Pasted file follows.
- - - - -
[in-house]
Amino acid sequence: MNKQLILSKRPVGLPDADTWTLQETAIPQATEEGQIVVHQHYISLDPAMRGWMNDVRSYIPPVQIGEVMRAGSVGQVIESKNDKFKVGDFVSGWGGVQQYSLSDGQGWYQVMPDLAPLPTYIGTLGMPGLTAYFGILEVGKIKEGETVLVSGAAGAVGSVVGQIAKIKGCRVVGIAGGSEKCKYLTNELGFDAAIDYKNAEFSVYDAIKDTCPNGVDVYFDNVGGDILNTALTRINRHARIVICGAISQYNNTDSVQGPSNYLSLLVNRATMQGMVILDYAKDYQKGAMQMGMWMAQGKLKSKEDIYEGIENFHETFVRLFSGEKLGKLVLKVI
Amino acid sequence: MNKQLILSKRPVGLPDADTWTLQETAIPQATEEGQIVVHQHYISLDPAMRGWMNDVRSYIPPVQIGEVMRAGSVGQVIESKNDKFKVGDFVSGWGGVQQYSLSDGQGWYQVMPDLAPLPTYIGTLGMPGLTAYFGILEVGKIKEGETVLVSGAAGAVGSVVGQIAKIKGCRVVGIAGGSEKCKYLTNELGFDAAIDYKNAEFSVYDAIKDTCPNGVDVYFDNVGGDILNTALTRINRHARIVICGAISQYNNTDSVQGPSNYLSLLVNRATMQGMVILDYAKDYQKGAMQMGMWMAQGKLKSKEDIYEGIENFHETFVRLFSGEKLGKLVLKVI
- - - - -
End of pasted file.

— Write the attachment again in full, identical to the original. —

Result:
[in-house]
Amino acid sequence: MNKQLILSKRPVGLPDADTWTLQETAIPQATEEGQIVVHQHYISLDPAMRGWMNDVRSYIPPVQIGEVMRAGSVGQVIESKNDKFKVGDFVSGWGGVQQYSLSDGQGWYQVMPDLAPLPTYIGTLGMPGLTAYFGILEVGKIKEGETVLVSGAAGAVGSVVGQIAKIKGCRVVGIAGGSEKCKYLTNELGFDAAIDYKNAEFSVYDAIKDTCPNGVDVYFDNVGGDILNTALTRINRHARIVICGAISQYNNTDSVQGPSNYLSLLVNRATMQGMVILDYAKDYQKGAMQMGMWMAQGKLKSKEDIYEGIENFHETFVRLFSGEKLGKLVLKVI
Amino acid sequence: MNKQLILSKRPVGLPDADTWTLQETAIPQATEEGQIVVHQHYISLDPAMRGWMNDVRSYIPPVQIGEVMRAGSVGQVIESKNDKFKVGDFVSGWGGVQQYSLSDGQGWYQVMPDLAPLPTYIGTLGMPGLTAYFGILEVGKIKEGETVLVSGAAGAVGSVVGQIAKIKGCRVVGIAGGSEKCKYLTNELGFDAAIDYKNAEFSVYDAIKDTCPNGVDVYFDNVGGDILNTALTRINRHARIVICGAISQYNNTDSVQGPSNYLSLLVNRATMQGMVILDYAKDYQKGAMQMGMWMAQGKLKSKEDIYEGIENFHETFVRLFSGEKLGKLVLKVI